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Chef Watson plates up (photos from Fenway’s website)

Located in a large pub building, they’ve given it an extensive refurbishment that thankfully doesn’t go overboard on the American diner theme. Nonetheless Fenway’s is a different proposition to the rather intimate, bistro style of its predecessor. It’s big, informal, a bit noisy with a bar area at the back. Open all day from 12, it’s family-friendly, student- friendly, the staff are young and funky and there are craft beer and cocktails – it’s good fun.

We started off with excellent cocktails – one of their originals featuring locally-made Burleigh’s gin with cointreau, passionfuit and ginger beer, and a sophisticated adult milkshake with Jamaican rums, vanilla and chocolate ice-cream, ginger cake and milk.

Food starters included an absolutely stonking dish of smoked ox cheek. Smoked meats here are marinated overnight and smoked for at least 8 hours and the time given to it really shows. I went at the nuggets of beef with a knife and fork but the knife wasn’t necessary – it fell apart with a fork and had great depth and complexity of flavour. It was nuthin’fancy – served up in a pork-fat yorkshire pudding with gravy and nicely sharp house pickles – but it was proper cared-for food. Bourbon and orange cured salmon was a fruity delight too, allowing the flavour of the fish to come through, and with sourdough toast and plenty of green leaves it was still a substantial dish. Jalapeno and smoked onion hush puppies – fritters made with cornmeal batter – were light, crisp, tasty and the significant but sensible chilli heat was spoked with thyme and garlic sour cream.

My guests had admitted they probably wouldn’t have come in from the look of the place, but were by now really pleased they had come along. If the starters were substantial, the mains fully merited the “come hungry, we don’t mess about” warning on the menu. The core of the selection is burgers (28 day aged beef) and a variety of smoked meats – brisket, pulled pork, St Louis cut ribs and so on.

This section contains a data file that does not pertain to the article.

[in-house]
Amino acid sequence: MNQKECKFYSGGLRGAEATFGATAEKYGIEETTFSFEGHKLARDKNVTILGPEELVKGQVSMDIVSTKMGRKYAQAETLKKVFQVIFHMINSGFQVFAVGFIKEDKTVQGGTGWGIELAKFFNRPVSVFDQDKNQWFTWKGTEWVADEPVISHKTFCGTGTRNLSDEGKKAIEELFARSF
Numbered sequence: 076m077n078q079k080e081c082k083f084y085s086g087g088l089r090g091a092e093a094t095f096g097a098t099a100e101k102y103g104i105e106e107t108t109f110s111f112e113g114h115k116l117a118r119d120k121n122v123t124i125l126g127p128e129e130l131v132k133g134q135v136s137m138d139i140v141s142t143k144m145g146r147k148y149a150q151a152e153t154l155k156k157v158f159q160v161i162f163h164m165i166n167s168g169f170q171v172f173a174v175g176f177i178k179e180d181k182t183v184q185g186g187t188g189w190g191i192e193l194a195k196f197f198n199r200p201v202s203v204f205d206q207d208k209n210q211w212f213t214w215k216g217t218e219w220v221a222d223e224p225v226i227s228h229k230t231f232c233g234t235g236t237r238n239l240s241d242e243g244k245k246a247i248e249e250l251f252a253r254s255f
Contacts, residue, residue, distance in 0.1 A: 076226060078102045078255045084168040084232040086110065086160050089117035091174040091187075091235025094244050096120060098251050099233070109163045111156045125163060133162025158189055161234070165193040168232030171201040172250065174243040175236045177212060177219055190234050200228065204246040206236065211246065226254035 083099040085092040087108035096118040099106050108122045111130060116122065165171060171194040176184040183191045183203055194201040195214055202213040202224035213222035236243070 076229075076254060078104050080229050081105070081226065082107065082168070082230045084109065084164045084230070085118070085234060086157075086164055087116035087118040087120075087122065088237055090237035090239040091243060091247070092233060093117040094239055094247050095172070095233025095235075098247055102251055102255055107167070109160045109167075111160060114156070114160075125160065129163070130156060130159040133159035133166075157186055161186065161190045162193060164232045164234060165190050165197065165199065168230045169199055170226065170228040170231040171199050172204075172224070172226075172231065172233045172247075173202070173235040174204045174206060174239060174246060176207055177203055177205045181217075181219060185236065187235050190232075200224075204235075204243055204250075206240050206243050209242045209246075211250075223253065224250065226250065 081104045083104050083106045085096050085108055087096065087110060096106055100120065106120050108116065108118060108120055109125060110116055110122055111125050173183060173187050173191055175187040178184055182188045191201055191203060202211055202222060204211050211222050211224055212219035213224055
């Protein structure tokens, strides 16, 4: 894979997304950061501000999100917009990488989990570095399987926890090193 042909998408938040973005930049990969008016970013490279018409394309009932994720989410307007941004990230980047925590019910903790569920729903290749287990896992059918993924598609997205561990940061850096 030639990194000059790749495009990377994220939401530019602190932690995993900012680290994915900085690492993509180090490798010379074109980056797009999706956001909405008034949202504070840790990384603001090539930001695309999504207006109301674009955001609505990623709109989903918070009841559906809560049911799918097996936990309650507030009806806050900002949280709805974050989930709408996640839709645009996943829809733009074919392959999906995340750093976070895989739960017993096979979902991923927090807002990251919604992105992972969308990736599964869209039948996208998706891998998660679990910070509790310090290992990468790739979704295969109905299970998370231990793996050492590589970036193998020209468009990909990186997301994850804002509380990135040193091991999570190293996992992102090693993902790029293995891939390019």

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From the burger menu we had the buttermilk fried chicken breast – moist, tasty and well-served by its dressing of avocado, pickles and sweetcorn and pepper relish. The sweet potato fries failed to impress – I tend to avoid them as the moisture content makes them hard to crisp but my friend who generally is a fan found these a bit flabby. I picked the house sausage bun, which came with lashings of the juicy, 14-hour smoked pulled pork. The sausage was a very long way from your traditional banger – more like the traditional Louisiana boudin, it was coarse-textured with a strong tang of offal. This maybe won’t be to everyone’s taste but well done to the chefs for not taking the easy way.

Both these came in a manchet bun, a traditional English bread that the menu claims to be better than brioche – and in this context I’d concur. Firmer and not so sweet, it’s an excellent burger bun.

One more main was 12 hour smoked brisket – copious amounts of beef dripping with a spiced gravy, piles of smooth mash and nicely spiked red cabbage.